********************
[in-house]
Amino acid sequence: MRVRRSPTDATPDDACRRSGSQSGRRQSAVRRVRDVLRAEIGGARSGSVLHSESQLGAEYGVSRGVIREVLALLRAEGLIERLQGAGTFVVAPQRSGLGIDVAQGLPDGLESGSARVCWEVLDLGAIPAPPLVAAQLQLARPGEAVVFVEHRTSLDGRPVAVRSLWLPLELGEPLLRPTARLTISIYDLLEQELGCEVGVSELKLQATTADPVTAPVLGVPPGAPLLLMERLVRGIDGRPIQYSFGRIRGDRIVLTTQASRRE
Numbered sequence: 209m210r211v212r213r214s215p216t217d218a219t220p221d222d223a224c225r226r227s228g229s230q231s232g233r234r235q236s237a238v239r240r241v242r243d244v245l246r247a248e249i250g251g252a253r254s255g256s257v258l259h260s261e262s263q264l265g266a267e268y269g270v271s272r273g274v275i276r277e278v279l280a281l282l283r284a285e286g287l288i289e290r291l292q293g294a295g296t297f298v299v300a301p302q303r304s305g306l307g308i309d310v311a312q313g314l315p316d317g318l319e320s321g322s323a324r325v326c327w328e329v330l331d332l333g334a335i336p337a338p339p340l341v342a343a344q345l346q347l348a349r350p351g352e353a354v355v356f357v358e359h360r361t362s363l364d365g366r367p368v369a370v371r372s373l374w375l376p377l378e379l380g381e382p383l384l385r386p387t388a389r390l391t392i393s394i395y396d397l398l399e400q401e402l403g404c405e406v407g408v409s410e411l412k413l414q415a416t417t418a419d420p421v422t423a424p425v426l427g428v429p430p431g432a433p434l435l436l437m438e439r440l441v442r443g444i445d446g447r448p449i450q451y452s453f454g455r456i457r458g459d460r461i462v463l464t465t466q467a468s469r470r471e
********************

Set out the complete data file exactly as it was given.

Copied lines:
[in-house]
Amino acid sequence: MRVRRSPTDATPDDACRRSGSQSGRRQSAVRRVRDVLRAEIGGARSGSVLHSESQLGAEYGVSRGVIREVLALLRAEGLIERLQGAGTFVVAPQRSGLGIDVAQGLPDGLESGSARVCWEVLDLGAIPAPPLVAAQLQLARPGEAVVFVEHRTSLDGRPVAVRSLWLPLELGEPLLRPTARLTISIYDLLEQELGCEVGVSELKLQATTADPVTAPVLGVPPGAPLLLMERLVRGIDGRPIQYSFGRIRGDRIVLTTQASRRE
Numbered sequence: 209m210r211v212r213r214s215p216t217d218a219t220p221d222d223a224c225r226r227s228g229s230q231s232g233r234r235q236s237a238v239r240r241v242r243d244v245l246r247a248e249i250g251g252a253r254s255g256s257v258l259h260s261e262s263q264l265g266a267e268y269g270v271s272r273g274v275i276r277e278v279l280a281l282l283r284a285e286g287l288i289e290r291l292q293g294a295g296t297f298v299v300a301p302q303r304s305g306l307g308i309d310v311a312q313g314l315p316d317g318l319e320s321g322s323a324r325v326c327w328e329v330l331d332l333g334a335i336p337a338p339p340l341v342a343a344q345l346q347l348a349r350p351g352e353a354v355v356f357v358e359h360r361t362s363l364d365g366r367p368v369a370v371r372s373l374w375l376p377l378e379l380g381e382p383l384l385r386p387t388a389r390l391t392i393s394i395y396d397l398l399e400q401e402l403g404c405e406v407g408v409s410e411l412k413l414q415a416t417t418a419d420p421v422t423a424p425v426l427g428v429p430p431g432a433p434l435l436l437m438e439r440l441v442r443g444i445d446g447r448p449i450q451y452s453f454g455r456i457r458g459d460r461i462v463l464t465t466q467a468s469r470r471e